Aviation History Review: Battlefield 3 and Flight | HistoryNet MENU

Aviation History Review: Battlefield 3 and Flight

By Bernard Dy
8/22/2017 • Aviation History Magazine

Engage in multiplayer combat or opt for a free flight over Hawaii.

The Battlefield series of games is back with its latest iteration ($60, requires Microsoft Windows Vista/7, 2.5Ghz dual-core processor, 2 GB RAM, 20 GB hard drive space, 512 MB 3-D video card, Electronic Arts, battle field.com). This multiplayer game features fast-paced combat between real players online in a modern setting, but offers less historical context than its predecessors.

Followers of combat sims have been treated to some big-budget games as major publishing houses Electronic Arts and Activision face off with their leading franchises of Battlefield and Modern Warfare, respectively. Battlefield 3 is a beautiful game to look at, with impressive detail, lighting and smoke effects. The multiplayer experience is familiar to veteran players, with modes like “team death match,” and it continues to improve, with integrated communications and social networking features and a number of play modes.

Players can pilot both helicopters and jets, with simplified controls for a popular audience. Yet it can be difficult to master the art of flying with a mouse and keyboard instead of a joystick. There’s little history to be found in the multiplayer scenarios or single-player campaign, though the unnamed craft appear to be based on the Bell AH-1 Cobra and Boeing F/A-18F Super Hornet and a couple varieties of MiGs.

One scenario in the single-player campaign casts the player as a Super Hornet’s weapons officer—summing up how Battlefield 3 may be a bit of a guilty pleasure, like watching Top Gun. Even though it features ridiculous action and worse dialogue, it’s a technical marvel and fun to watch.

Also new is the return of Microsoft to the flight games market, this time with an offering simply titled Flight (requires Microsoft Windows XP/Vista/7, 2Ghz dual-core processor, 2 GB RAM, 10 GB hard drive space, 256 MB 3-D video card, Microsoft, micro soft.com/games/flight). The game’s principles aren’t far from those of the venerable Flight Simulation franchise, and Flight continues to serve up civilian flying but with several twists.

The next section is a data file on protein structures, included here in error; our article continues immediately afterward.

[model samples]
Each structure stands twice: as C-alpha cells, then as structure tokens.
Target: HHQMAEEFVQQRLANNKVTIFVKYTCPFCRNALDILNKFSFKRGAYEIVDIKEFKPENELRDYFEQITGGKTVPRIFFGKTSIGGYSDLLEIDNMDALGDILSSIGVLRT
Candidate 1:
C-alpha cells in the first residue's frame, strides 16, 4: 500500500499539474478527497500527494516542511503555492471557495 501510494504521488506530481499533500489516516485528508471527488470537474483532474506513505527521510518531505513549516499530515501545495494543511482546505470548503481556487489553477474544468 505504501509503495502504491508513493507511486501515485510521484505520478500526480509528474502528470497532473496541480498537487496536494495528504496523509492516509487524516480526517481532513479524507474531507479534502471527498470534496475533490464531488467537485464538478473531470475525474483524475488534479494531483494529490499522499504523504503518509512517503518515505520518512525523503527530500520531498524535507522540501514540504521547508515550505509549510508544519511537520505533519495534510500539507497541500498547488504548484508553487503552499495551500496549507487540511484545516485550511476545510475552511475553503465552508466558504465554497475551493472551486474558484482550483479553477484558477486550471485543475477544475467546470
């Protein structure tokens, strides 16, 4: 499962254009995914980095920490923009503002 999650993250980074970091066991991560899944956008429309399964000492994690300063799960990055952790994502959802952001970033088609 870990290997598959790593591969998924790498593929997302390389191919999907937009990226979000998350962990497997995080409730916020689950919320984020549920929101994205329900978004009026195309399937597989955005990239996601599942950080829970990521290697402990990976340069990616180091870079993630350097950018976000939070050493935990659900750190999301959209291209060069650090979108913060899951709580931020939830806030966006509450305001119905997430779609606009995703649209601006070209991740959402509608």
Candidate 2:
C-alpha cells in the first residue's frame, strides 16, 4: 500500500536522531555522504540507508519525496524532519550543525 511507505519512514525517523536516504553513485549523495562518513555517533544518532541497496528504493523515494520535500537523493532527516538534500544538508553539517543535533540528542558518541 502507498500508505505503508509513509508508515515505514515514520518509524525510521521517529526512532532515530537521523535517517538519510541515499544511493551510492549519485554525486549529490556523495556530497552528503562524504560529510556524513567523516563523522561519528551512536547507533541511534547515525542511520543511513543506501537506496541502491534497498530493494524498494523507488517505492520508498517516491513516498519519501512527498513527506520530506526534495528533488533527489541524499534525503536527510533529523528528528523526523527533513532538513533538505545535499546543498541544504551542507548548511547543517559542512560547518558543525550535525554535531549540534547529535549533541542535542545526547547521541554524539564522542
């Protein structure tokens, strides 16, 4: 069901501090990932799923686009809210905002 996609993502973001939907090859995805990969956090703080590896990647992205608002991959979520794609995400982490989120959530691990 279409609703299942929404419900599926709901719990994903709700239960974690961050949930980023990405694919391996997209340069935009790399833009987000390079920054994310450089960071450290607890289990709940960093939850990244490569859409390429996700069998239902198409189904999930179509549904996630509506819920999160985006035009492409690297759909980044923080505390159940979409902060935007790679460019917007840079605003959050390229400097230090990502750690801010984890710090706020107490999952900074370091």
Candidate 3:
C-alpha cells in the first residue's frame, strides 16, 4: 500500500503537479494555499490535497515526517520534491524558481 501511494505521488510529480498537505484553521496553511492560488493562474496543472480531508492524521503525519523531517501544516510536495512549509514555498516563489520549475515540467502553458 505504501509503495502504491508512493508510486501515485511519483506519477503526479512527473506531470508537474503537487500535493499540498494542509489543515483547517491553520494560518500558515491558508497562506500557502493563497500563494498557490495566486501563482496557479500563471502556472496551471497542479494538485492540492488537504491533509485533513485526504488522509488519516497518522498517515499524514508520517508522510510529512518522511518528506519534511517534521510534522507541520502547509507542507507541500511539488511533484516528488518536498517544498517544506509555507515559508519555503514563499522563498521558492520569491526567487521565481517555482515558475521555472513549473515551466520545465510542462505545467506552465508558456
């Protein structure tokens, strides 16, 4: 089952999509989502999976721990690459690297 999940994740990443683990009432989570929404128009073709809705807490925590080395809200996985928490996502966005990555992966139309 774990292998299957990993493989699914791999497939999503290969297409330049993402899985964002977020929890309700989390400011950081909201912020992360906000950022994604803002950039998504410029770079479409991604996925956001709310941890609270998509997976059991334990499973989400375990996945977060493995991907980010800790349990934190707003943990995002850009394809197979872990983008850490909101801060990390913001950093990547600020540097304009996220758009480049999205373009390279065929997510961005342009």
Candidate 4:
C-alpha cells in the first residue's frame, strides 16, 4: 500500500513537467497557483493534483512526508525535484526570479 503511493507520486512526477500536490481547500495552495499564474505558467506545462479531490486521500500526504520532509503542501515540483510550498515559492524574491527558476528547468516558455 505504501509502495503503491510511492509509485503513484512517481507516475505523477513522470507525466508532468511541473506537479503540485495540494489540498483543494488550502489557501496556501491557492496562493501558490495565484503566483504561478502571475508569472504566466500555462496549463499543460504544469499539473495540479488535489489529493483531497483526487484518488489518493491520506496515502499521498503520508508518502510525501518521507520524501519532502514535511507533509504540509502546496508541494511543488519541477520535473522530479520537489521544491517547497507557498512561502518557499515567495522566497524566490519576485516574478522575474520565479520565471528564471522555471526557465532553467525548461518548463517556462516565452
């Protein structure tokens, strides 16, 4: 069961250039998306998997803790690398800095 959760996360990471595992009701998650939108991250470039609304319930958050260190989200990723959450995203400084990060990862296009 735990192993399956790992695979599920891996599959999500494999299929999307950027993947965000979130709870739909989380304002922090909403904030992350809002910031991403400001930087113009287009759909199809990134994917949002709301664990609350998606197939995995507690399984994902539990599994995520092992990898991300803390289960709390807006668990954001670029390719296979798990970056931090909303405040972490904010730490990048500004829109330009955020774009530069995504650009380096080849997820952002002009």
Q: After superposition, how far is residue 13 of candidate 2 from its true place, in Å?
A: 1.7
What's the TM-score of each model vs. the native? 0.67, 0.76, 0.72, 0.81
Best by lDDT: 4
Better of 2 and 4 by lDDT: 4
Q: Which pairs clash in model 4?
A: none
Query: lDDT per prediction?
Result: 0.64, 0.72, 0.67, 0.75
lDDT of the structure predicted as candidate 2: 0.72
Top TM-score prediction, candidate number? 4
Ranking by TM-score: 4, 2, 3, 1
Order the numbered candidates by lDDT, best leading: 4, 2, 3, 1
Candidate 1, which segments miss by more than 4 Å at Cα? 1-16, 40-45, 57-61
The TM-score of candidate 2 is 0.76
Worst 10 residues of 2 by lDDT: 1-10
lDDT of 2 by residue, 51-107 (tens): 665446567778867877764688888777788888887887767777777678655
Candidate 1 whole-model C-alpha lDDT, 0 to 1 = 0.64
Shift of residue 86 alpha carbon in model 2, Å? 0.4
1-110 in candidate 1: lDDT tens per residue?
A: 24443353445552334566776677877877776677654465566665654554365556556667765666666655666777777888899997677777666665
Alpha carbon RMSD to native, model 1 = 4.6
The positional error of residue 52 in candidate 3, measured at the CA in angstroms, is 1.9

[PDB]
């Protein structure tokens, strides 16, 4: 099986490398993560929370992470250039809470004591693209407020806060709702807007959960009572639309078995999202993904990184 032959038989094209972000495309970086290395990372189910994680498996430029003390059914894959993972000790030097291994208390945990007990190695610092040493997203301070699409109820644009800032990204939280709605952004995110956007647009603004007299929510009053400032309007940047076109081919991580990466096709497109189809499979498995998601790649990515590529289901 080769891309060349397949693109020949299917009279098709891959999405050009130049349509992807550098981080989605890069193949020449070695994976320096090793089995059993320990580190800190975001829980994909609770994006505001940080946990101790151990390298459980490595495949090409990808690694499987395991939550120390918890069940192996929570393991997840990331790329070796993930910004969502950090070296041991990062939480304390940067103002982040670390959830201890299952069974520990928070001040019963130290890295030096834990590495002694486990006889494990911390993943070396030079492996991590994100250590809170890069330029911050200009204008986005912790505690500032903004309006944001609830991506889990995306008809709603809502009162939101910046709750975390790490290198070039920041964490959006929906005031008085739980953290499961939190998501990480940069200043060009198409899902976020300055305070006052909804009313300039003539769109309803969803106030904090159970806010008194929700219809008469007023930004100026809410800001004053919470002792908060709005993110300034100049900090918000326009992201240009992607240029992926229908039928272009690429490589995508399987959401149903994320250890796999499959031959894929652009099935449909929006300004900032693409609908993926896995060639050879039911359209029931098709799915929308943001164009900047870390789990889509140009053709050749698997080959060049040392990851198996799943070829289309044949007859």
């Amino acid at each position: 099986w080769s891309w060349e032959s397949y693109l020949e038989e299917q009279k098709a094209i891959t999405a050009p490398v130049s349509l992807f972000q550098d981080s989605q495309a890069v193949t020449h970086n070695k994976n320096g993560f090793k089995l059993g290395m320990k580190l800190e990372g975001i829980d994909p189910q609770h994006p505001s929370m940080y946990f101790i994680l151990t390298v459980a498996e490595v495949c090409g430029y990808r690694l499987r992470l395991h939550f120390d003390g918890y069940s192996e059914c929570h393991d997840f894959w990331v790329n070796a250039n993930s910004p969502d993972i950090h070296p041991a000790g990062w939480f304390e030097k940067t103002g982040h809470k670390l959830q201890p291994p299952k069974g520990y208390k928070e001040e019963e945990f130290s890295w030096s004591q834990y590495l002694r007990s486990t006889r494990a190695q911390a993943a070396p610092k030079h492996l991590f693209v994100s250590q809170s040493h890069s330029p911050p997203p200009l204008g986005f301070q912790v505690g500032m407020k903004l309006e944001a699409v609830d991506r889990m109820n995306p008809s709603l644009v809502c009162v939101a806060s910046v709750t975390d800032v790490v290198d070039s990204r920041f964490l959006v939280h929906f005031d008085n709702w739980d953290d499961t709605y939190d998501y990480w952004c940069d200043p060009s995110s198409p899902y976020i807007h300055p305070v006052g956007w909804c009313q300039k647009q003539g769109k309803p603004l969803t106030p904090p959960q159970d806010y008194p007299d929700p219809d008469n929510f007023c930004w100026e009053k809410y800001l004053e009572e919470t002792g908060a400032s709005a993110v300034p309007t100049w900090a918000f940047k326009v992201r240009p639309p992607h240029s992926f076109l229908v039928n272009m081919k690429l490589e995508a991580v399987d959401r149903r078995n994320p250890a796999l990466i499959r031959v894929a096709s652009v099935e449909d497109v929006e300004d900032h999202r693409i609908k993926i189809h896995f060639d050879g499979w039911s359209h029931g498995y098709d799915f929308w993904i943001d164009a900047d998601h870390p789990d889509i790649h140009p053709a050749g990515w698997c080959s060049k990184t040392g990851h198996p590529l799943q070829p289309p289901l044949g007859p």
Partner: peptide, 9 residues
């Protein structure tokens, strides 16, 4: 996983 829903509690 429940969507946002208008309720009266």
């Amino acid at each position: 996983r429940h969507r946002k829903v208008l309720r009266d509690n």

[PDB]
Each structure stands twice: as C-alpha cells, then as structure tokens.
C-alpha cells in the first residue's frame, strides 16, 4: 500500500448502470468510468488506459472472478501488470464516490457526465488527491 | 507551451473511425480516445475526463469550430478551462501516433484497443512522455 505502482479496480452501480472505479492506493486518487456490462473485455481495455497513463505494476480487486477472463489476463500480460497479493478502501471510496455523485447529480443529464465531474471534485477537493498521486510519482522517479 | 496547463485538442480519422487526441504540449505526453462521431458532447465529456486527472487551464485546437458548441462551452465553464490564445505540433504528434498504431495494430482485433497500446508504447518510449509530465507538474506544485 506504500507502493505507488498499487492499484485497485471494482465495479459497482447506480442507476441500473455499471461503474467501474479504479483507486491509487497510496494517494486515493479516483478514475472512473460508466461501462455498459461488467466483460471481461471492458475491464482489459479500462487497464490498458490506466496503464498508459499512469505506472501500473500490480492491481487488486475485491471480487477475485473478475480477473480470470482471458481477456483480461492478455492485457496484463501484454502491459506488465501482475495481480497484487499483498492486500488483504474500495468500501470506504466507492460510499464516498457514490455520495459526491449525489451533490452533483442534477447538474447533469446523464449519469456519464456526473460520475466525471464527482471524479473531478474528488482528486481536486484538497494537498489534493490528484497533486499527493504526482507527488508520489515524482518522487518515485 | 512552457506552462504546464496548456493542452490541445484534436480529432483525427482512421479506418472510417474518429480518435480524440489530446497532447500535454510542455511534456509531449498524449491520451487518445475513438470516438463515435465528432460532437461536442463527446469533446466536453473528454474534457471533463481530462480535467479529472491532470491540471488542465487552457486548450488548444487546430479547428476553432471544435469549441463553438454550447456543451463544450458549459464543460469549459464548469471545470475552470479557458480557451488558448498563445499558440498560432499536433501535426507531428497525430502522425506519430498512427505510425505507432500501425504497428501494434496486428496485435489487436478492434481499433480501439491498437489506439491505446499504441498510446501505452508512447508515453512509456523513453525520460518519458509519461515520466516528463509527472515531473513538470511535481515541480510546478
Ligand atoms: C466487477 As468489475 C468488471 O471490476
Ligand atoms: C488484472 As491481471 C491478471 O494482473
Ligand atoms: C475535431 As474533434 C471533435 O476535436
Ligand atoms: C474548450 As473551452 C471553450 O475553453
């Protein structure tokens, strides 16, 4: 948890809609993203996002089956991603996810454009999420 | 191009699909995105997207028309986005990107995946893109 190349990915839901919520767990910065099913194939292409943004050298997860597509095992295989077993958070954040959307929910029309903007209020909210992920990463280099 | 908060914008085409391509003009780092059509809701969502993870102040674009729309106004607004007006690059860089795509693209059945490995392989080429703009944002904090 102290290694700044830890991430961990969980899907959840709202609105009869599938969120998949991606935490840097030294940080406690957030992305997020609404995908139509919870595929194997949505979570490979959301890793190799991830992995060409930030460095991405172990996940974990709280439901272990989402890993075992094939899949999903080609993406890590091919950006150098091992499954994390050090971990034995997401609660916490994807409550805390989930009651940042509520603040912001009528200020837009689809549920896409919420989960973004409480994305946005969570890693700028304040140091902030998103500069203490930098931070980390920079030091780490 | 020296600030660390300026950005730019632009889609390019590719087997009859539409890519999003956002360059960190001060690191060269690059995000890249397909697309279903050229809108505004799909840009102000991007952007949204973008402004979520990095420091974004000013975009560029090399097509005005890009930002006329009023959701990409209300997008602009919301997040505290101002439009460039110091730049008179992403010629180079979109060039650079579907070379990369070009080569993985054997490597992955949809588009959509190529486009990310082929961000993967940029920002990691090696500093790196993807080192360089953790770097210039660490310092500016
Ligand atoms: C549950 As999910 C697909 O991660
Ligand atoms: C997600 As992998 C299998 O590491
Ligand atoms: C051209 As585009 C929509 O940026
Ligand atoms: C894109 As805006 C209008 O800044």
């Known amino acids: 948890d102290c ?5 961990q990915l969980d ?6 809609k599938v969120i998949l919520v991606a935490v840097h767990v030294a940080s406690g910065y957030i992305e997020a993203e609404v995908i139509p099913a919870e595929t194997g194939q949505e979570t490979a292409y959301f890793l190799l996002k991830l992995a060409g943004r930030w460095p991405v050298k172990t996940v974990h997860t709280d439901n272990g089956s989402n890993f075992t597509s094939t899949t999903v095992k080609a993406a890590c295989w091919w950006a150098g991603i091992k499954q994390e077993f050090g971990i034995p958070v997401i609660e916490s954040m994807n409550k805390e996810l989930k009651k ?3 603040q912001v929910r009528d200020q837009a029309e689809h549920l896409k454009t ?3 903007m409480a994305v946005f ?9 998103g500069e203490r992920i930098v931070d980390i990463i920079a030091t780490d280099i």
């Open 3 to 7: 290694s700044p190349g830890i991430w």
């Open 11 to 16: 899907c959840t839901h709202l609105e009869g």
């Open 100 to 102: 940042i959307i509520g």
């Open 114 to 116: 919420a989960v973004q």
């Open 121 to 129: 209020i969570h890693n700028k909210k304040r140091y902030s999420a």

Flight is free to download and play. It has a clean, simple interface, and chooses lovely and accessible aircraft, the Icon A5 sport seaplane and the Boeing-Stearman Model 75 biplane, as the player’s starting vehicles. Voice-narrated tutorials teach the basics of flying. Based in Hawaii, the game features a lush environment, and the engine has been geared to perform well on modest hardware, at the expense of less detailed terrain.

Flight engages an approach called “gamification,” using achievements and awards as incentives to learning a flight procedure or trying a new plane. It all combines to make Flight an entertaining sim with a nice balance between playability and realism.

But if Flight is free, the question is, “What’s the catch?” There are two. First, to research some achievements, such as a goal to explore a beach, Flight promotes use of Microsoft’s Bing search engine. Second, additional content must be purchased. The Hawaiian Adventure Pack, for example, is $19.99, and the P-51 Mustang is $7.99. But those prices aren’t unreasonable compared to add-on content for other games. I would not have expected a free game to have a very advanced flight model, but Flight’s is pretty good. At this price, it’s easy to recommend a test drive.


Originally published in the July 2012 issue of Aviation History. To subscribe, click here.

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